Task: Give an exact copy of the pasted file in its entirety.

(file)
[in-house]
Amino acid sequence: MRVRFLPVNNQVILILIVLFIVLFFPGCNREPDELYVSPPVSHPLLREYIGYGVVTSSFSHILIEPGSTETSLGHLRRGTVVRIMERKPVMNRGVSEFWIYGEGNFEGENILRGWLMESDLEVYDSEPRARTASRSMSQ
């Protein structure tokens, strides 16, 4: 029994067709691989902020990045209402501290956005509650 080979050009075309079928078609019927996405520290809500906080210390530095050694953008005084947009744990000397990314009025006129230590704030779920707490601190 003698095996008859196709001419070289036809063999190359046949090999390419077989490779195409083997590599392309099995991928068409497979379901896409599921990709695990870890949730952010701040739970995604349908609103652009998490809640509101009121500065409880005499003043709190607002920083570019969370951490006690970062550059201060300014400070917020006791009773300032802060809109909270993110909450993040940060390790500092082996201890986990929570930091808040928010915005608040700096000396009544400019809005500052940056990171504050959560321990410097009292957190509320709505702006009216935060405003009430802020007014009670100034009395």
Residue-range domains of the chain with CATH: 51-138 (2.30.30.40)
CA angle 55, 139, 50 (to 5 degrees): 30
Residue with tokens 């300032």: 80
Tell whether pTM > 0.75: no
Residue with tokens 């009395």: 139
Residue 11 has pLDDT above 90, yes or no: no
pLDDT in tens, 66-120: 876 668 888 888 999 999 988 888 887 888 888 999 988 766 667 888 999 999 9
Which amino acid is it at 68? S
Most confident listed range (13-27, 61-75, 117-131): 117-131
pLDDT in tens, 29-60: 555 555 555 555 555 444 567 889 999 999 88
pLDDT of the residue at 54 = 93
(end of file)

[in-house]
Amino acid sequence: MRVRFLPVNNQVILILIVLFIVLFFPGCNREPDELYVSPPVSHPLLREYIGYGVVTSSFSHILIEPGSTETSLGHLRRGTVVRIMERKPVMNRGVSEFWIYGEGNFEGENILRGWLMESDLEVYDSEPRARTASRSMSQ
């Protein structure tokens, strides 16, 4: 029994067709691989902020990045209402501290956005509650 080979050009075309079928078609019927996405520290809500906080210390530095050694953008005084947009744990000397990314009025006129230590704030779920707490601190 003698095996008859196709001419070289036809063999190359046949090999390419077989490779195409083997590599392309099995991928068409497979379901896409599921990709695990870890949730952010701040739970995604349908609103652009998490809640509101009121500065409880005499003043709190607002920083570019969370951490006690970062550059201060300014400070917020006791009773300032802060809109909270993110909450993040940060390790500092082996201890986990929570930091808040928010915005608040700096000396009544400019809005500052940056990171504050959560321990410097009292957190509320709505702006009216935060405003009430802020007014009670100034009395």
Residue-range domains of the chain with CATH: 51-138 (2.30.30.40)
CA angle 55, 139, 50 (to 5 degrees): 30
Residue with tokens 């300032």: 80
Tell whether pTM > 0.75: no
Residue with tokens 């009395």: 139
Residue 11 has pLDDT above 90, yes or no: no
pLDDT in tens, 66-120: 876 668 888 888 999 999 988 888 887 888 888 999 988 766 667 888 999 999 9
Which amino acid is it at 68? S
Most confident listed range (13-27, 61-75, 117-131): 117-131
pLDDT in tens, 29-60: 555 555 555 555 555 444 567 889 999 999 88
pLDDT of the residue at 54 = 93